Illinois Gaming Board Could Become ‘Pro-Gaming’ as State Awaits Final Bill Approvals
Posted on: June 10, 2019, 10:05h.
Last updated on: June 11, 2019, 12:25h.
Illinois government officials are relatively restrained on the eve of the state’s expected expansion in gambling — despite one report efforts are underway to make the Gaming Board “pro-gaming.”
Gov. J.B. Pritzker is expected to soon sign the far-reaching gaming bill approved earlier this month by the General Assembly. It allows for a new casino in Chicago, sports betting and additional gambling opportunities in several locations.
The Chicago Sun-Times reported on Sunday plans exist to make the Illinois Gaming Board (IGB) more “pro-gaming,” according to state Sen. Terry Link, D-Vernon Hills, who sponsored the legislation, SB 690.
“You’re going to see changes rapidly,” Link told the newspaper. Under the bill, the IGB will regulate six new brick and mortar casinos.
Currently, the state issued 10 riverboat casino licenses. Riverboat venues have been overseen by the IGB since 1991.
Also, video gaming was set up in Illinois in 2009. It is regulated, too, by the IGB.
One immediate step is to fill a vacant position on the IGB. No word on who may be the nominee for the fifth seat.
“All of the governor’s current appointees will all comply with the language contained in SB 690,” Jordan Abudayyeh, press secretary to Pritzker, said in a statement released to Casino.org about the legislation.
We look forward to having a skilled and diverse board that will both regulate and effectively support gaming in Illinois,” Abudayyeh added.
Fruchter New IGB Head
Last month, the IGB appointed a new Administrator for the regulatory body. Marcus D. Fruchter, a veteran attorney, was chosen as the successor to Agostino Lorenzini, who simultaneously was Acting Administrator and General Counsel.
Fruchter was a lawyer at the Securities and Exchange Commission’s (SEC) Enforcement Division and earlier was an attorney working at private law firms. At the SEC, he investigated and helped to prosecute securities fraud such as insider trading and cyber security violations.
A pressing concern is to undertake a feasibility study once the governor signs the bill. The multi-month study will be done by an independent professional or firm who will review the feasibility of the Chicago gaming venue.
The findings will be reported to the city and the IGB. Link said that additional legislation may be needed following the recommendations from the consultant and eventual approval by the IGB.
Beyond Chicago, other casinos will open in Waukegan, suburbs located south of Chicago, Williamson County, Rockford and Danville, under the bill.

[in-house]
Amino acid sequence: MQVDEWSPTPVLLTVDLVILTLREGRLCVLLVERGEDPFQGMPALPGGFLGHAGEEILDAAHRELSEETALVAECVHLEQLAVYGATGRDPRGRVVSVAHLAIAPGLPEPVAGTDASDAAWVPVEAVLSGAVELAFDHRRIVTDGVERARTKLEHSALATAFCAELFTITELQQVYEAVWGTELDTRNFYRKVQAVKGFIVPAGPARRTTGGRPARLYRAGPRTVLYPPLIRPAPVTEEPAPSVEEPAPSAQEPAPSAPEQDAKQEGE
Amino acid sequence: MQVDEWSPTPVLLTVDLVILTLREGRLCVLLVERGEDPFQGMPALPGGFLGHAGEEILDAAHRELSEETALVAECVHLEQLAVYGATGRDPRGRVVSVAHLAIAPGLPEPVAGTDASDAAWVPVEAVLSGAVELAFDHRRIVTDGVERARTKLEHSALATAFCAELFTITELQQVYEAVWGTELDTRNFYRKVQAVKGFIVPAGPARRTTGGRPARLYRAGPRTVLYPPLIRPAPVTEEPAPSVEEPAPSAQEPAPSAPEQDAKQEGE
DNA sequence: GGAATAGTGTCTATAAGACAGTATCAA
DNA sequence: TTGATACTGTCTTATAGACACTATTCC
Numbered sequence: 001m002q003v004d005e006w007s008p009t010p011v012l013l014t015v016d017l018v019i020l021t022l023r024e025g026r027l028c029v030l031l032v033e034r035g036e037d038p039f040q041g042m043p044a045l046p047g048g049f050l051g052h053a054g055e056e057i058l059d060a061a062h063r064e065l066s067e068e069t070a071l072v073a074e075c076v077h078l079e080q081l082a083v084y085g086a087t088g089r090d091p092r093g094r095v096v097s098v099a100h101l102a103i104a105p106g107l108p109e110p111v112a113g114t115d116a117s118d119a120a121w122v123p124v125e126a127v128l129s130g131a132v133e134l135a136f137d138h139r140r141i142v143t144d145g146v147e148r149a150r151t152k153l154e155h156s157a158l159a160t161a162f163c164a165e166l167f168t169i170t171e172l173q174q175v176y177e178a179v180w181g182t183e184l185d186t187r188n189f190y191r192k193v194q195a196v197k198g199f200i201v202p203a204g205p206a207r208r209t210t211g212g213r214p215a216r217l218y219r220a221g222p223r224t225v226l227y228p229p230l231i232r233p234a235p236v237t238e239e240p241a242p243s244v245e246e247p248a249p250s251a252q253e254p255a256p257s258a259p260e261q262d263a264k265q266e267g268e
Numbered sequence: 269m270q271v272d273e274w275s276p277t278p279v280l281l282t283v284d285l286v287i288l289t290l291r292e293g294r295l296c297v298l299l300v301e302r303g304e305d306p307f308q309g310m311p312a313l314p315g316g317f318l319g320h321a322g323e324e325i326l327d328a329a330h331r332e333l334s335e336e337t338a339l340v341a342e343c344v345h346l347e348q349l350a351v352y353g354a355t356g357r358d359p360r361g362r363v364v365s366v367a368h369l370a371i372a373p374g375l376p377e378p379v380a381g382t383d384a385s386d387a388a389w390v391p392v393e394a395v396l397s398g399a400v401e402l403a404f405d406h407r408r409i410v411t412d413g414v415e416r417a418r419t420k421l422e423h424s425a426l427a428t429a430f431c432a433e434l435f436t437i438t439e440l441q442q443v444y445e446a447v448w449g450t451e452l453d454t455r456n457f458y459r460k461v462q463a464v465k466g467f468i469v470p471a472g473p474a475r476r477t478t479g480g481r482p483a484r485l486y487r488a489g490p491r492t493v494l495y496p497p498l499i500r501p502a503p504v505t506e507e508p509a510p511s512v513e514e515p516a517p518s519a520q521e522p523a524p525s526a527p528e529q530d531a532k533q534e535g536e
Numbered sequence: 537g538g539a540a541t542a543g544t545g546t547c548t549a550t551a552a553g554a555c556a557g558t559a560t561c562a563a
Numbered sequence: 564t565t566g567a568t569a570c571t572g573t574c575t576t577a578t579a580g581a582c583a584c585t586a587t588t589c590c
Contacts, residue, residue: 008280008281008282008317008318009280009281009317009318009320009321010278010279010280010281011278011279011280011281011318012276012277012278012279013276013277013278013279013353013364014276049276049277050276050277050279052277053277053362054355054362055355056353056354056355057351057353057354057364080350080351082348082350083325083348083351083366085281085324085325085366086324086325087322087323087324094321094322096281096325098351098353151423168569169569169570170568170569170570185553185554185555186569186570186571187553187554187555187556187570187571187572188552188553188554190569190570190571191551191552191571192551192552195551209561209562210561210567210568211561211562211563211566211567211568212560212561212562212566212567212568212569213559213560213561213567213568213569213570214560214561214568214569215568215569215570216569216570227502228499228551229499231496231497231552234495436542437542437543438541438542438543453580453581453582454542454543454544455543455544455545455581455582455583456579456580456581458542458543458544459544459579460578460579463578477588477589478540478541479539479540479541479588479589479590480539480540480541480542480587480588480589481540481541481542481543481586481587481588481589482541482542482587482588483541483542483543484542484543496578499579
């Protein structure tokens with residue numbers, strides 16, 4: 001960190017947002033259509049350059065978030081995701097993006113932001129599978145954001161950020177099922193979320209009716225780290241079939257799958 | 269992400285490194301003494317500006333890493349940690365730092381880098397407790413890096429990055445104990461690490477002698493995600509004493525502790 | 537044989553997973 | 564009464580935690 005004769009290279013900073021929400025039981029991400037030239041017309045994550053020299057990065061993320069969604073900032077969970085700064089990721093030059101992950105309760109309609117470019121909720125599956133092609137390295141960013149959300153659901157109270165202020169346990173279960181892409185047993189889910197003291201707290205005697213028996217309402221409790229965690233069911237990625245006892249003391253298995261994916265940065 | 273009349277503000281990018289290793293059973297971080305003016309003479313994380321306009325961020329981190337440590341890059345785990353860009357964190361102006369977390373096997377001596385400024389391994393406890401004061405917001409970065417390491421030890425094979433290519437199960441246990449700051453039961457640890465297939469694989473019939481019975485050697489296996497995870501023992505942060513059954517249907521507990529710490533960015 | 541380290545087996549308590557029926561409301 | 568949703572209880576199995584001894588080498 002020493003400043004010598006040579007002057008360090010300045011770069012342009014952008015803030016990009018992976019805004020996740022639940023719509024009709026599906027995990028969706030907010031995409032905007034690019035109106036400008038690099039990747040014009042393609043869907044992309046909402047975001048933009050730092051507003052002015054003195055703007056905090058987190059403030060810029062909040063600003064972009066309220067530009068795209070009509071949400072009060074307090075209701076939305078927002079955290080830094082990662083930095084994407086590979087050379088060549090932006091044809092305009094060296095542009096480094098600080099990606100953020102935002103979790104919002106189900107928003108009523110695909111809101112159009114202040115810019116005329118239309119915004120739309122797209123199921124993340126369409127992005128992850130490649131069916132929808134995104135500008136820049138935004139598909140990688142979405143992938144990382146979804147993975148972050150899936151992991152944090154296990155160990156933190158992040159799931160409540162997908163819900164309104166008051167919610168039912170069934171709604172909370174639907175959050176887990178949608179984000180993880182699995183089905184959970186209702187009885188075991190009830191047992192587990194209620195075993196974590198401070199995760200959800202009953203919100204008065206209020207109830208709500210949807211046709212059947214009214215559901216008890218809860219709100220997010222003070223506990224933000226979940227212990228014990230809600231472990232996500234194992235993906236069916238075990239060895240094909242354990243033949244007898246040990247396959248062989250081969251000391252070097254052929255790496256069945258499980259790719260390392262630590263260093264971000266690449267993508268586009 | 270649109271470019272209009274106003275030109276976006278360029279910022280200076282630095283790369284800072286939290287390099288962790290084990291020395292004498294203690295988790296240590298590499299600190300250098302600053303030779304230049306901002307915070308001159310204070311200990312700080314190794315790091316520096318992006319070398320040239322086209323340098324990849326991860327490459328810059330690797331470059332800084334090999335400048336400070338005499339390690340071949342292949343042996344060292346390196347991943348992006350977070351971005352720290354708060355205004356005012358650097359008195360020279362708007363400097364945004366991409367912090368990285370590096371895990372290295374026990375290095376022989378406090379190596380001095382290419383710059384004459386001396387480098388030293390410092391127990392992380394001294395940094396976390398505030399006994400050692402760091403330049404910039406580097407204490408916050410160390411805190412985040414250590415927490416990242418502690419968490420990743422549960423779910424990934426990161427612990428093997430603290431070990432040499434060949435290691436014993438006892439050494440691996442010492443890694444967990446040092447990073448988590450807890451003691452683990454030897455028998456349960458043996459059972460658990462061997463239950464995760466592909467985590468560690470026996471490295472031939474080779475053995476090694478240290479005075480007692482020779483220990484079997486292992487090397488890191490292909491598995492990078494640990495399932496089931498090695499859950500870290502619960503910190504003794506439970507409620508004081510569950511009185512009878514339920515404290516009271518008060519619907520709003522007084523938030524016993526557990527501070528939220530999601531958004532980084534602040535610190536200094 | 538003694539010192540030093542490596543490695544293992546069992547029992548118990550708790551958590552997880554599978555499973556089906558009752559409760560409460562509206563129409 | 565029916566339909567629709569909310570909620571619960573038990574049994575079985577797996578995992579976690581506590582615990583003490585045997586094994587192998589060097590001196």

A pending issue is where the Chicago gaming venue will be located. Pritzker has leaned against locating the casino in the downtown business district or McCormick Place, the Sun-Times reported.
The newspaper also pointed out the new venue cannot be too close to either Rivers Casino in Des Plaines or the proposed new casino in southern suburbs. Otherwise, the proximity and competition could hurt some of the casinos, through a phenomenon known as cannibalization.
Beyond the new casinos, many passengers stopping at Chicago’s O’Hare International and Midway airports will be given the chance to gamble. Slot machines will be located at the busy terminals, according to the bill.
Under the legislation, sports wagering licenses could be given to current and new casinos, in addition to athletic venues and racetracks.
When it comes to large venues, like Wrigley Field, which have more than 17,000 seats, operators can apply for a four-year license to provide wagering within five blocks of the property. Limited online sports betting will be implemented after an 18-month delay, under the proposal.
IGB Meeting on Thursday
On Thursday, the IGB is scheduled to hold a meeting. It is uncertain how the board will address expanded gambling during the meeting.
An IGB official declined to answer direct questions on board activities related to gambling expansion. Instead, he referred to existing documents found on the board’s website.
Casino.org also reached out to Sen. Link. He did not respond immediately to requests for comment.
CORRECTION: An earlier version identified Donald Tracy as Administrator of the IGB. He remains the Chairman. Agostino Lorenzini was Acting Administrator. We regret the error.
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